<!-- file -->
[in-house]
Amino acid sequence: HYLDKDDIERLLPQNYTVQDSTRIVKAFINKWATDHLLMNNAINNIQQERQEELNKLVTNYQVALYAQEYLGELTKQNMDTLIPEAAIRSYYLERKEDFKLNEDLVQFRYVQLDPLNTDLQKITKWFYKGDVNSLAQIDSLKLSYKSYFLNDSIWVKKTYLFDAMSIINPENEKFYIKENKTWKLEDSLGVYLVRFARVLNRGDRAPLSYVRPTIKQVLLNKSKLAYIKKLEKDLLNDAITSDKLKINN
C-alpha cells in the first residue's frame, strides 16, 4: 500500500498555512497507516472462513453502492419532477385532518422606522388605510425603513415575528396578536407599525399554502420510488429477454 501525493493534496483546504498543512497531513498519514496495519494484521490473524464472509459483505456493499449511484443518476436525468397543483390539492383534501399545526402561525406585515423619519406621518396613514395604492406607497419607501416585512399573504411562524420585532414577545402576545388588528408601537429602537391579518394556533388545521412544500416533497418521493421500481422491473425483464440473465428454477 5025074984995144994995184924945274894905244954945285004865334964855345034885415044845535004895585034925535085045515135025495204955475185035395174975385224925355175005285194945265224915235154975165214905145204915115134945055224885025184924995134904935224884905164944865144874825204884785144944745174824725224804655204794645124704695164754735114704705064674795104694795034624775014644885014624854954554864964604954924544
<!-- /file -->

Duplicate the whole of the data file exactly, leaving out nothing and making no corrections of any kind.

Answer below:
[in-house]
Amino acid sequence: HYLDKDDIERLLPQNYTVQDSTRIVKAFINKWATDHLLMNNAINNIQQERQEELNKLVTNYQVALYAQEYLGELTKQNMDTLIPEAAIRSYYLERKEDFKLNEDLVQFRYVQLDPLNTDLQKITKWFYKGDVNSLAQIDSLKLSYKSYFLNDSIWVKKTYLFDAMSIINPENEKFYIKENKTWKLEDSLGVYLVRFARVLNRGDRAPLSYVRPTIKQVLLNKSKLAYIKKLEKDLLNDAITSDKLKINN
C-alpha cells in the first residue's frame, strides 16, 4: 500500500498555512497507516472462513453502492419532477385532518422606522388605510425603513415575528396578536407599525399554502420510488429477454 501525493493534496483546504498543512497531513498519514496495519494484521490473524464472509459483505456493499449511484443518476436525468397543483390539492383534501399545526402561525406585515423619519406621518396613514395604492406607497419607501416585512399573504411562524420585532414577545402576545388588528408601537429602537391579518394556533388545521412544500416533497418521493421500481422491473425483464440473465428454477 5025074984995144994995184924945274894905244954945285004865334964855345034885415044845535004895585034925535085045515135025495204955475185035395174975385224925355175005285194945265224915235154975165214905145204915115134945055224885025184924995134904935224884905164944865144874825204884785144944745174824725224804655204794645124704695164754735114704705064674795104694795034624775014644885014624854954554864964604954924544